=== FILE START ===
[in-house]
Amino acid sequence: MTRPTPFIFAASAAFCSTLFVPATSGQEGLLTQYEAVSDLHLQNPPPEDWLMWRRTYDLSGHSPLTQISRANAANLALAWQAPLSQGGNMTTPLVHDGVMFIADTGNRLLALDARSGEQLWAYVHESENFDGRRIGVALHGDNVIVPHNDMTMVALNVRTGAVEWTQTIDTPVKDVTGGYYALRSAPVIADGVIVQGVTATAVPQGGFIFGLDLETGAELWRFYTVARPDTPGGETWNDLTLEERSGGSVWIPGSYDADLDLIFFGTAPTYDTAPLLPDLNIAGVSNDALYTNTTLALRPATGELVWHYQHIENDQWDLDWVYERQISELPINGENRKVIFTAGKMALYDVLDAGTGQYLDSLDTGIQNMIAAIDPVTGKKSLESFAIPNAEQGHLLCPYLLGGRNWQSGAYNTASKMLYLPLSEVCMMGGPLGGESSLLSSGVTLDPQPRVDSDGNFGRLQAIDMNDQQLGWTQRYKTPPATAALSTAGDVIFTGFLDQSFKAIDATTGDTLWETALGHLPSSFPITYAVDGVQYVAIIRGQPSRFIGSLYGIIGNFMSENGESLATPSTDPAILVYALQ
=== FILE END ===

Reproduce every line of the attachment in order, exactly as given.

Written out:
[in-house]
Amino acid sequence: MTRPTPFIFAASAAFCSTLFVPATSGQEGLLTQYEAVSDLHLQNPPPEDWLMWRRTYDLSGHSPLTQISRANAANLALAWQAPLSQGGNMTTPLVHDGVMFIADTGNRLLALDARSGEQLWAYVHESENFDGRRIGVALHGDNVIVPHNDMTMVALNVRTGAVEWTQTIDTPVKDVTGGYYALRSAPVIADGVIVQGVTATAVPQGGFIFGLDLETGAELWRFYTVARPDTPGGETWNDLTLEERSGGSVWIPGSYDADLDLIFFGTAPTYDTAPLLPDLNIAGVSNDALYTNTTLALRPATGELVWHYQHIENDQWDLDWVYERQISELPINGENRKVIFTAGKMALYDVLDAGTGQYLDSLDTGIQNMIAAIDPVTGKKSLESFAIPNAEQGHLLCPYLLGGRNWQSGAYNTASKMLYLPLSEVCMMGGPLGGESSLLSSGVTLDPQPRVDSDGNFGRLQAIDMNDQQLGWTQRYKTPPATAALSTAGDVIFTGFLDQSFKAIDATTGDTLWETALGHLPSSFPITYAVDGVQYVAIIRGQPSRFIGSLYGIIGNFMSENGESLATPSTDPAILVYALQ